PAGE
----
Teaching Great Students

Above: Section B of Advanced Placement United States History Students (h/t: Alysa Lejeune)

I must admit that I have it good; I teach 4 sections of advanced history courses with students that make an effort to get to know me as much as I get to know them; since my first year of teaching after graduate school in 2000, I have spent a great deal of time outside of the classroom getting to know them. I have hosted cookouts and social gatherings at my home, test reviews and meetings with students on Saturday and Sunday afternoons at Starbucks, as well as responded “very slowly” to a number of text messages. Unlike many high schools, each student at Houston Christian has an e-mail account making it easier to contact them; however, students no longer use e-mail….Next year I think I will create a class facebook directory. I must thank my high school history teacher, Mrs. Susan Picken, who first introduced the idea of teacher-student gatherings; it was my senior year in which she invited students to her home for an informal social gathering. Moreover, I saw this trend continue as I went to college and graduate school.

The picture above was taken a month ago as my B section of Advanced Placement United States History gathered at Hannah Turner’s house for a pre-review dinner and a study session. Hannah’s cooking is top notch as she hopes to attend culinary school after earning an undergraduate degree. I spent last night with a number of students at the Turner’s who were hosting a Young Life meeting. Again, dinner was provided by Hannah.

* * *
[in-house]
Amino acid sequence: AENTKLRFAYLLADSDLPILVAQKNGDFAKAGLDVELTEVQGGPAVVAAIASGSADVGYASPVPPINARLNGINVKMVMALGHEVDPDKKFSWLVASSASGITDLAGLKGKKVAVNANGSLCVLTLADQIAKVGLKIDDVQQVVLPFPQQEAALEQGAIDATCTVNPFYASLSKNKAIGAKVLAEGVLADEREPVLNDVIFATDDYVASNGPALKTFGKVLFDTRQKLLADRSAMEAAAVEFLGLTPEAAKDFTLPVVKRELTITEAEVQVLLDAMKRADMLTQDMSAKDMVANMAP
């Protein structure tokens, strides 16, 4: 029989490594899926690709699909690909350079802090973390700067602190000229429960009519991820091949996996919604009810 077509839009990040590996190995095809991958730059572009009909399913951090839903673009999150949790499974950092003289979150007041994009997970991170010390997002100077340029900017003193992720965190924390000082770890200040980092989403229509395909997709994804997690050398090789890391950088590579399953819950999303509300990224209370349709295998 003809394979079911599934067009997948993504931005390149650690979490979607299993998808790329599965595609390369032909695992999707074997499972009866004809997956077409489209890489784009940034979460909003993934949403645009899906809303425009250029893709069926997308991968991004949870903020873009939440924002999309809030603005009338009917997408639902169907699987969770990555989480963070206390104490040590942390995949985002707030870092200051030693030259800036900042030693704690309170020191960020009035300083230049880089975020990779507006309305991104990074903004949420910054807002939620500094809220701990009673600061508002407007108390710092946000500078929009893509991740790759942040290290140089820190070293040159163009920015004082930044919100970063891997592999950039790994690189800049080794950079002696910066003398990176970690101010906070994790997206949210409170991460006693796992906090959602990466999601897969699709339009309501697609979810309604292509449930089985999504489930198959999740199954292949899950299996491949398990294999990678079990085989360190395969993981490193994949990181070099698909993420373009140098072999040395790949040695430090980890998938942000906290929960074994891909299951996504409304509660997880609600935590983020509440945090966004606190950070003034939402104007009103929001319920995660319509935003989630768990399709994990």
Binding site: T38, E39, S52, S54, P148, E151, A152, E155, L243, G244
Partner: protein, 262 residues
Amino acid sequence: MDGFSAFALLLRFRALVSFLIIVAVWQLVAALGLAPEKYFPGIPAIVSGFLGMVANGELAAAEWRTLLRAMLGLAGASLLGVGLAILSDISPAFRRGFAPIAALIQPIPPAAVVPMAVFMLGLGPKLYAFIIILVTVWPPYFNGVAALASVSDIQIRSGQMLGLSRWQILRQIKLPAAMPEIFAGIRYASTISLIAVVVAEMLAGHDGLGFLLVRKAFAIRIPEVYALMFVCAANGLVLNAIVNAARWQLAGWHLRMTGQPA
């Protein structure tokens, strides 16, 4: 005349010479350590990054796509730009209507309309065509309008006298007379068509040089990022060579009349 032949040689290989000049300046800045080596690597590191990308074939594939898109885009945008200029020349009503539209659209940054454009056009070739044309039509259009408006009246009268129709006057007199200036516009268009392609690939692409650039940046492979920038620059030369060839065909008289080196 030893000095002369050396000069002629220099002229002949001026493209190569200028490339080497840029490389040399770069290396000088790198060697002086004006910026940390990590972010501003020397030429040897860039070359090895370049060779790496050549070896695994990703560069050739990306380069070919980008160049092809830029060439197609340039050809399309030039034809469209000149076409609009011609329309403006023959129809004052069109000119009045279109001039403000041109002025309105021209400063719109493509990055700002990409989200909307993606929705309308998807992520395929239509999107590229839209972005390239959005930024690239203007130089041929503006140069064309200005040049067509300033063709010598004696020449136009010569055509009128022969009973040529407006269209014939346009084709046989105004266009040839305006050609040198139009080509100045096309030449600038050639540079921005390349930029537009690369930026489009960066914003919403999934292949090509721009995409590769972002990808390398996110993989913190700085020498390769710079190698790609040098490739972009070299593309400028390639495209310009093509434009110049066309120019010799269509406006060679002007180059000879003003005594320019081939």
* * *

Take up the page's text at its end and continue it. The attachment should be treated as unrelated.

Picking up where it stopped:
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8 thoughts on “Teaching Great Students

  1. You cut your hair. Good. Big hair is only appropriate for Marge Simpson and Dolly Parton. And I would tell Hannah that unless she knows what she wants to do for an undergraduate degree (and she probably doesn’t since she’s only 17 or 18), that she should go to culinary school first. I would be better off if I’d figured out what my passion is and followed instead of doing the “right” thing.

  2. Hi Edward,
    That is amazing! I really think these extra-curricular meetings can inspire students much more that the regular class hours. I guess this is something worth trying for me next year.

    I just bought the book ‘While Europe slept’ which I saw on your reading list. What’s your opinion about it? So far I find it fascinating.

    Hope your feel well, health wise!

    Frum

  3. Frumteacher – It is a great book; in many ways, it is interesting because of the ideological position Bawer must take in order to address the conflict in Europe between a push for a more liberal direction versus the conservative nature Europeans are dealing over the matter of Islam.

    missprofe – I am blessed. I have long thought because of this I would be better in a boarding school; in the end, I passed on that opportunity.

    Kristy – Would you believe me if I told you I had dreadlocks before Christmas break?

  4. Its great to be able to get together with students like that, unfortunatly in today’s climate there are risks as well.

    I was honored a few years ago to be intived to some senior funtions that my students were having. I went to a “mystery” dinner with two of my students. My wife and I were the only faculty they invited. It was quite fun. That’s the kind of experience you really get into teaching for and that no other kind of job can offer.

  5. Pingback: Students of Color and Advanced Courses « The Proletarian

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